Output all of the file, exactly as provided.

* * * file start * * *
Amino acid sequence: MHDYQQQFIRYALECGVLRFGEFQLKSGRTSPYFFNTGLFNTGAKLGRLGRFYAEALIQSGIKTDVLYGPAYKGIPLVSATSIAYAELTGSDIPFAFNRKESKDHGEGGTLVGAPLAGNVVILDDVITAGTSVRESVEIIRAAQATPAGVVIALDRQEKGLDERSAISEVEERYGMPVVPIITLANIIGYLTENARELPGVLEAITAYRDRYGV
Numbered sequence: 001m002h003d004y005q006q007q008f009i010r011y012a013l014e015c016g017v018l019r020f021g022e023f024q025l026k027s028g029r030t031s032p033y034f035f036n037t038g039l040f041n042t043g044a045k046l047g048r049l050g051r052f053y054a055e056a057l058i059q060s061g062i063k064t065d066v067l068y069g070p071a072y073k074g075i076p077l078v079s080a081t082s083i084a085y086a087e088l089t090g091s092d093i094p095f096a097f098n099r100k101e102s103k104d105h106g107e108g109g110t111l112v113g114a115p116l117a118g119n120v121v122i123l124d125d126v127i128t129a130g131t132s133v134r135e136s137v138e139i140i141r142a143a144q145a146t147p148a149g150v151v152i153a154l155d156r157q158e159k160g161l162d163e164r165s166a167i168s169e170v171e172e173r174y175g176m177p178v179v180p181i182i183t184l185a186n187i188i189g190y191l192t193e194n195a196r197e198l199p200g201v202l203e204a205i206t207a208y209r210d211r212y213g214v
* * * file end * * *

Amino acid sequence: MHDYQQQFIRYALECGVLRFGEFQLKSGRTSPYFFNTGLFNTGAKLGRLGRFYAEALIQSGIKTDVLYGPAYKGIPLVSATSIAYAELTGSDIPFAFNRKESKDHGEGGTLVGAPLAGNVVILDDVITAGTSVRESVEIIRAAQATPAGVVIALDRQEKGLDERSAISEVEERYGMPVVPIITLANIIGYLTENARELPGVLEAITAYRDRYGV
Numbered sequence: 001m002h003d004y005q006q007q008f009i010r011y012a013l014e015c016g017v018l019r020f021g022e023f024q025l026k027s028g029r030t031s032p033y034f035f036n037t038g039l040f041n042t043g044a045k046l047g048r049l050g051r052f053y054a055e056a057l058i059q060s061g062i063k064t065d066v067l068y069g070p071a072y073k074g075i076p077l078v079s080a081t082s083i084a085y086a087e088l089t090g091s092d093i094p095f096a097f098n099r100k101e102s103k104d105h106g107e108g109g110t111l112v113g114a115p116l117a118g119n120v121v122i123l124d125d126v127i128t129a130g131t132s133v134r135e136s137v138e139i140i141r142a143a144q145a146t147p148a149g150v151v152i153a154l155d156r157q158e159k160g161l162d163e164r165s166a167i168s169e170v171e172e173r174y175g176m177p178v179v180p181i182i183t184l185a186n187i188i189g190y191l192t193e194n195a196r197e198l199p200g201v202l203e204a205i206t207a208y209r210d211r212y213g214v